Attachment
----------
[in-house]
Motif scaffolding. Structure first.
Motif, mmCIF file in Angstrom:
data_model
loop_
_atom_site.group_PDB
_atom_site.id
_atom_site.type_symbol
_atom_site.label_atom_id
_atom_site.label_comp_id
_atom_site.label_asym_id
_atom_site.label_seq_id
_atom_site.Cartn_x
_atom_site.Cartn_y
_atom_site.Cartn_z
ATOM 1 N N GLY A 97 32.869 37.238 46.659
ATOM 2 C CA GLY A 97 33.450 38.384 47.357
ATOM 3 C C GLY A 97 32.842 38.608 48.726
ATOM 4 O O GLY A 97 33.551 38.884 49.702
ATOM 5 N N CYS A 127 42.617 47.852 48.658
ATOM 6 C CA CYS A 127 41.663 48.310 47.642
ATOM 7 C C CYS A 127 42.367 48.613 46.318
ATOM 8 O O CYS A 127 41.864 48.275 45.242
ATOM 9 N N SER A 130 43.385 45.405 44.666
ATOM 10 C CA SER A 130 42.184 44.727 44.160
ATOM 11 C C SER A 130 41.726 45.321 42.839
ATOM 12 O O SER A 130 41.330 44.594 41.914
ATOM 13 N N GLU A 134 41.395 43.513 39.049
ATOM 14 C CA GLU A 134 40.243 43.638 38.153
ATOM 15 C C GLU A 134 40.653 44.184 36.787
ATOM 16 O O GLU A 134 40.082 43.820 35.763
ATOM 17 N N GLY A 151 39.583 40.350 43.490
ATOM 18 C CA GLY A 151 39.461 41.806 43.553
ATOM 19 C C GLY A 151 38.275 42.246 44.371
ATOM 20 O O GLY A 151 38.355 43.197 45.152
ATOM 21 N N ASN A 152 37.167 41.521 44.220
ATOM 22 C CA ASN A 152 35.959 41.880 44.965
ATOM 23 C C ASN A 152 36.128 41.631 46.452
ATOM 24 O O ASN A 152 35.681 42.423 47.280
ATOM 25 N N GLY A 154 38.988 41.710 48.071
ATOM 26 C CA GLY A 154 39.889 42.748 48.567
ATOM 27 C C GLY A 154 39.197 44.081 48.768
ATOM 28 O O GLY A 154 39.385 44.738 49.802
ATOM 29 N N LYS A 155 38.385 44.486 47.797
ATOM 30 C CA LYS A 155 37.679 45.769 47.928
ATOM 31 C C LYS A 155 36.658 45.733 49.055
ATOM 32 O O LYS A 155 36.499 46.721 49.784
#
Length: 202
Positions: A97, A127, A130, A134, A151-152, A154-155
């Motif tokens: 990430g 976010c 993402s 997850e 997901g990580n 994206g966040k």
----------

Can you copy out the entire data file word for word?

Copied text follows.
[in-house]
Motif scaffolding. Structure first.
Motif, mmCIF file in Angstrom:
data_model
loop_
_atom_site.group_PDB
_atom_site.id
_atom_site.type_symbol
_atom_site.label_atom_id
_atom_site.label_comp_id
_atom_site.label_asym_id
_atom_site.label_seq_id
_atom_site.Cartn_x
_atom_site.Cartn_y
_atom_site.Cartn_z
ATOM 1 N N GLY A 97 32.869 37.238 46.659
ATOM 2 C CA GLY A 97 33.450 38.384 47.357
ATOM 3 C C GLY A 97 32.842 38.608 48.726
ATOM 4 O O GLY A 97 33.551 38.884 49.702
ATOM 5 N N CYS A 127 42.617 47.852 48.658
ATOM 6 C CA CYS A 127 41.663 48.310 47.642
ATOM 7 C C CYS A 127 42.367 48.613 46.318
ATOM 8 O O CYS A 127 41.864 48.275 45.242
ATOM 9 N N SER A 130 43.385 45.405 44.666
ATOM 10 C CA SER A 130 42.184 44.727 44.160
ATOM 11 C C SER A 130 41.726 45.321 42.839
ATOM 12 O O SER A 130 41.330 44.594 41.914
ATOM 13 N N GLU A 134 41.395 43.513 39.049
ATOM 14 C CA GLU A 134 40.243 43.638 38.153
ATOM 15 C C GLU A 134 40.653 44.184 36.787
ATOM 16 O O GLU A 134 40.082 43.820 35.763
ATOM 17 N N GLY A 151 39.583 40.350 43.490
ATOM 18 C CA GLY A 151 39.461 41.806 43.553
ATOM 19 C C GLY A 151 38.275 42.246 44.371
ATOM 20 O O GLY A 151 38.355 43.197 45.152
ATOM 21 N N ASN A 152 37.167 41.521 44.220
ATOM 22 C CA ASN A 152 35.959 41.880 44.965
ATOM 23 C C ASN A 152 36.128 41.631 46.452
ATOM 24 O O ASN A 152 35.681 42.423 47.280
ATOM 25 N N GLY A 154 38.988 41.710 48.071
ATOM 26 C CA GLY A 154 39.889 42.748 48.567
ATOM 27 C C GLY A 154 39.197 44.081 48.768
ATOM 28 O O GLY A 154 39.385 44.738 49.802
ATOM 29 N N LYS A 155 38.385 44.486 47.797
ATOM 30 C CA LYS A 155 37.679 45.769 47.928
ATOM 31 C C LYS A 155 36.658 45.733 49.055
ATOM 32 O O LYS A 155 36.499 46.721 49.784
#
Length: 202
Positions: A97, A127, A130, A134, A151-152, A154-155
């Motif tokens: 990430g 976010c 993402s 997850e 997901g990580n 994206g966040k």